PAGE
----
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Liquor Authority described as too cozy with industry

The State Liquor Authority is too cozy with the industry that it regulates and has decreased its enforcement efforts, state legislators were told in a hearing Tuesday.

This has led to increased teenage drinking in bars and illegal pricing deals by wholesalers and retailers, according to local government officials, small business owners and a former agency whistle-blower who testified in the hearing.

Top officials of the agency, who later hurried down a hallway and blocked a doorway to avoid reporters, insisted the agency's mandate is being followed but said budget cutbacks by the Pataki administration have sharply reduced the number of Liquor Authority enforcement investigators.

The cutbacks in staff at the agency, from 260 employees in 1998 to 148 today, have "diminished our enforcement capabilities," authority Chairman Edward F. Kelly told a joint Assembly committee examining increasing criticism of the agency and its oversight of state law.

"We do the best we can," Kelly said as he supported suggestions from Democratic legislators who said the Liquor Authority needs a larger enforcement staff.

Backed by lawyers and other representatives from the alcohol industry, who were dismissed as agency "apologists" by one critic, Kelly told lawmakers his agency is committed to enforcing the state's liquor laws that, because of the product involved, set strict standards on how alcohol can be sold.

"Wherever there is a violation, we will go after it," Kelly said.

The hearing followed a Buffalo News series in July showing that the Liquor Authority, under Kelly's leadership, has let the alcohol industry skirt the state's liquor laws when it offers retailers illegal payoffs of money, trips, even gold Krugerrands, to push certain brands of wine, vodka or whiskey.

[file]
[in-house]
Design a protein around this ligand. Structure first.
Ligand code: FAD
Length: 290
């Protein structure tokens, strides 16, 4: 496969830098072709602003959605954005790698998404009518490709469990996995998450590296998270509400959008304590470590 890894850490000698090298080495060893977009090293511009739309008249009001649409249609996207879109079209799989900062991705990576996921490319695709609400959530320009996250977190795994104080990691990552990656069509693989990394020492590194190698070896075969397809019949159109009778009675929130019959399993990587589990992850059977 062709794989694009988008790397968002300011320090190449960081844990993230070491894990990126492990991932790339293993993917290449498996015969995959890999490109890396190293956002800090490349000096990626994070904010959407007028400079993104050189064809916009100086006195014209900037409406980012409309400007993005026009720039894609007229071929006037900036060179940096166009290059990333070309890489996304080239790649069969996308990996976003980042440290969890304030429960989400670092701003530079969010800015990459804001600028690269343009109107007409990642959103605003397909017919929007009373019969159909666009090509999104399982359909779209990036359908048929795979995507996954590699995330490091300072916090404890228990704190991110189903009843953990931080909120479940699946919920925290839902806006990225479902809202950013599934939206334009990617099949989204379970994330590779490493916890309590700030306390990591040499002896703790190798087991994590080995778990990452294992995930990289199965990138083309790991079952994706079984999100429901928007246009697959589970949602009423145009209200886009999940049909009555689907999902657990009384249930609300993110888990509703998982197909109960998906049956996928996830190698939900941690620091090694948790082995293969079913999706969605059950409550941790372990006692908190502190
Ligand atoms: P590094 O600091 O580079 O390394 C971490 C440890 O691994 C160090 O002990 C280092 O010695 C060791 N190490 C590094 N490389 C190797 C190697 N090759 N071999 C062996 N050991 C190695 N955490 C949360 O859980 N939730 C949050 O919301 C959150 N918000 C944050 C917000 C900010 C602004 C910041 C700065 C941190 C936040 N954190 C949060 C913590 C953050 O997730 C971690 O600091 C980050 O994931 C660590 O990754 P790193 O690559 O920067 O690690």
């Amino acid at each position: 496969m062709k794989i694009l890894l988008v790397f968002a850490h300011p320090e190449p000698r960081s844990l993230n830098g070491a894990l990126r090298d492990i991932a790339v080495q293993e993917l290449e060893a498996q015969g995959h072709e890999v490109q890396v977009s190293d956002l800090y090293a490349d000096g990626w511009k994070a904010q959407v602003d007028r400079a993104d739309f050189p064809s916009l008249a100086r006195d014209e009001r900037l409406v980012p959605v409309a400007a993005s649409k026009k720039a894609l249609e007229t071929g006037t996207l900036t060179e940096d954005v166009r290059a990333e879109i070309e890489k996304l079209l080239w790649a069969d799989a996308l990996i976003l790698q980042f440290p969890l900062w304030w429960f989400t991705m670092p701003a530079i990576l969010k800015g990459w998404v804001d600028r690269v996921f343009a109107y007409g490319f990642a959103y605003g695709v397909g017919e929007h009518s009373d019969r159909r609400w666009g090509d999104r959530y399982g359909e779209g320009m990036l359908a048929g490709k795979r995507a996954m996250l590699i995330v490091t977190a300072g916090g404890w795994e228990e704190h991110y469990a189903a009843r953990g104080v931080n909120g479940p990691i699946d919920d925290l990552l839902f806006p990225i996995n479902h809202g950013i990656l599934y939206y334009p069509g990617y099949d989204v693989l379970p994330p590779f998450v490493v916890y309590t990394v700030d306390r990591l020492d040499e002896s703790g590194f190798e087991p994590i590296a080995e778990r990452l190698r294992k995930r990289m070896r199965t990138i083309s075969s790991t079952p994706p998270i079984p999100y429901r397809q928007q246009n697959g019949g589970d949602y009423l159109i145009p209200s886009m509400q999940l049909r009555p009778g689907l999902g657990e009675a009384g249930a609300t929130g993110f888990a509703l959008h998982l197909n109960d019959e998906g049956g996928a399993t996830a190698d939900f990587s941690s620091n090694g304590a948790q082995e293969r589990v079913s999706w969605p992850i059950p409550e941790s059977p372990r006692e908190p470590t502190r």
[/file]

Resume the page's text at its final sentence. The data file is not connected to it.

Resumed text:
Kelly did not discuss the pricing controversy and walked away when reporters asked him about it. Lawmakers on the panel did not pose questions on the matter, even though the issue later took up hours of testimony.

Assemblyman Robin L. Schimminger, D-Kenmore, who called the hearing, said that "questions follow the testimony" and that Kelly testified first -- before other witnesses raised the criticisms.

State and local lawmakers also zeroed in on the Liquor Authority for failing to adequately monitor bars and underage drinking laws, especially in college towns. They said the agency has adopted a policy of slapping violators with relatively small fines when it should be shutting down bars, liquor stores and others that violate the underage provision and other sections of the drinking laws.

Fredonia Mayor Frank Pagano, president of the New York Conference of Mayors, said the Liquor Authority has been increasingly leaving liquor law enforcement -- especially underage drinking -- to local police, who often do not have the resources or investigative jurisdiction over bars. Pagano pointed out that only three Liquor Authority investigators police 19 counties in the western part of the state.

"Unless the SLA makes enforcing the [alcoholic beverage control] law a priority by allocating sufficient financial and human resources," Pagano said, "the regulations themselves are worthless."

Chester Menkiena, a retired Liquor Authority investigator who worked in the Buffalo field office for 20 years, told lawmakers he had to leave the agency when it became apparent that the abuses he uncovered about the pricing of liquor and wine were going to be ignored by top agency officials.

"I'm a team player," Menkiena said, "I love the SLA -- but they didn't do their job."

He said widespread "crime and corruption" are occurring that he said includes bribes from wholesalers to store owners.

Menkiena, who went public with his story in The News series in July, talked Tuesday about an industry "totally out of control."


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